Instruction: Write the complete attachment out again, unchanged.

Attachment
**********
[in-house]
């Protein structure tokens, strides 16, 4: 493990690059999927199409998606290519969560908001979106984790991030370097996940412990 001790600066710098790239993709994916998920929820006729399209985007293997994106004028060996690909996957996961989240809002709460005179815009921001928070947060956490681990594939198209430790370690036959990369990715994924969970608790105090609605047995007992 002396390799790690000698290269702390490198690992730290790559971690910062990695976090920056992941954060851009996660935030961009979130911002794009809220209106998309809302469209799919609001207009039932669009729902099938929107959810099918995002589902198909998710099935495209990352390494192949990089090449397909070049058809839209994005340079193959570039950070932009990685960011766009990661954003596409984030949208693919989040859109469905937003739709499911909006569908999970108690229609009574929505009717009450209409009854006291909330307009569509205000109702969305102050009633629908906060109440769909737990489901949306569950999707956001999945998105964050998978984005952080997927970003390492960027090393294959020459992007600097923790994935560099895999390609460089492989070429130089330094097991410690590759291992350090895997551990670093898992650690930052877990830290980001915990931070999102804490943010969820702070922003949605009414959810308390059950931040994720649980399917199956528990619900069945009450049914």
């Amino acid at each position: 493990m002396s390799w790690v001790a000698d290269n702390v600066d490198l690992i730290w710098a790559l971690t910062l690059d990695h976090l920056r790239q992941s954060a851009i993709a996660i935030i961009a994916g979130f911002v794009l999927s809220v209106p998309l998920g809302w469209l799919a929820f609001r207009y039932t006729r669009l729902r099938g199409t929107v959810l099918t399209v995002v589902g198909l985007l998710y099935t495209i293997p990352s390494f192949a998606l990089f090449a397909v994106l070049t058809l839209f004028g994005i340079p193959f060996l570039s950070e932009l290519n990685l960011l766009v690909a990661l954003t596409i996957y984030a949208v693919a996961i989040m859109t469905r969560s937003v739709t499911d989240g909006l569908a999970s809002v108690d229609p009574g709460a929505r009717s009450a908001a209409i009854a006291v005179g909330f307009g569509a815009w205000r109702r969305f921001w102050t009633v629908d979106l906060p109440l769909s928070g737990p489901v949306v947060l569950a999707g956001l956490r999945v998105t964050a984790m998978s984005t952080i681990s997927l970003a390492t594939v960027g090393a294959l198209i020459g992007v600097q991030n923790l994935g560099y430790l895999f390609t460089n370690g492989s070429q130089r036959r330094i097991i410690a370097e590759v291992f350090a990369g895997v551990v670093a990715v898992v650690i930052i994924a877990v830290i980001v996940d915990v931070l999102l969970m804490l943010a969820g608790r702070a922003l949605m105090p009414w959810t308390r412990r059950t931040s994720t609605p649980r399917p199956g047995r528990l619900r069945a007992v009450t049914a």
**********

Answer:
[in-house]
């Protein structure tokens, strides 16, 4: 493990690059999927199409998606290519969560908001979106984790991030370097996940412990 001790600066710098790239993709994916998920929820006729399209985007293997994106004028060996690909996957996961989240809002709460005179815009921001928070947060956490681990594939198209430790370690036959990369990715994924969970608790105090609605047995007992 002396390799790690000698290269702390490198690992730290790559971690910062990695976090920056992941954060851009996660935030961009979130911002794009809220209106998309809302469209799919609001207009039932669009729902099938929107959810099918995002589902198909998710099935495209990352390494192949990089090449397909070049058809839209994005340079193959570039950070932009990685960011766009990661954003596409984030949208693919989040859109469905937003739709499911909006569908999970108690229609009574929505009717009450209409009854006291909330307009569509205000109702969305102050009633629908906060109440769909737990489901949306569950999707956001999945998105964050998978984005952080997927970003390492960027090393294959020459992007600097923790994935560099895999390609460089492989070429130089330094097991410690590759291992350090895997551990670093898992650690930052877990830290980001915990931070999102804490943010969820702070922003949605009414959810308390059950931040994720649980399917199956528990619900069945009450049914």
């Amino acid at each position: 493990m002396s390799w790690v001790a000698d290269n702390v600066d490198l690992i730290w710098a790559l971690t910062l690059d990695h976090l920056r790239q992941s954060a851009i993709a996660i935030i961009a994916g979130f911002v794009l999927s809220v209106p998309l998920g809302w469209l799919a929820f609001r207009y039932t006729r669009l729902r099938g199409t929107v959810l099918t399209v995002v589902g198909l985007l998710y099935t495209i293997p990352s390494f192949a998606l990089f090449a397909v994106l070049t058809l839209f004028g994005i340079p193959f060996l570039s950070e932009l290519n990685l960011l766009v690909a990661l954003t596409i996957y984030a949208v693919a996961i989040m859109t469905r969560s937003v739709t499911d989240g909006l569908a999970s809002v108690d229609p009574g709460a929505r009717s009450a908001a209409i009854a006291v005179g909330f307009g569509a815009w205000r109702r969305f921001w102050t009633v629908d979106l906060p109440l769909s928070g737990p489901v949306v947060l569950a999707g956001l956490r999945v998105t964050a984790m998978s984005t952080i681990s997927l970003a390492t594939v960027g090393a294959l198209i020459g992007v600097q991030n923790l994935g560099y430790l895999f390609t460089n370690g492989s070429q130089r036959r330094i097991i410690a370097e590759v291992f350090a990369g895997v551990v670093a990715v898992v650690i930052i994924a877990v830290i980001v996940d915990v931070l999102l969970m804490l943010a969820g608790r702070a922003l949605m105090p009414w959810t308390r412990r059950t931040s994720t609605p649980r399917p199956g047995r528990l619900r069945a007992v009450t049914a």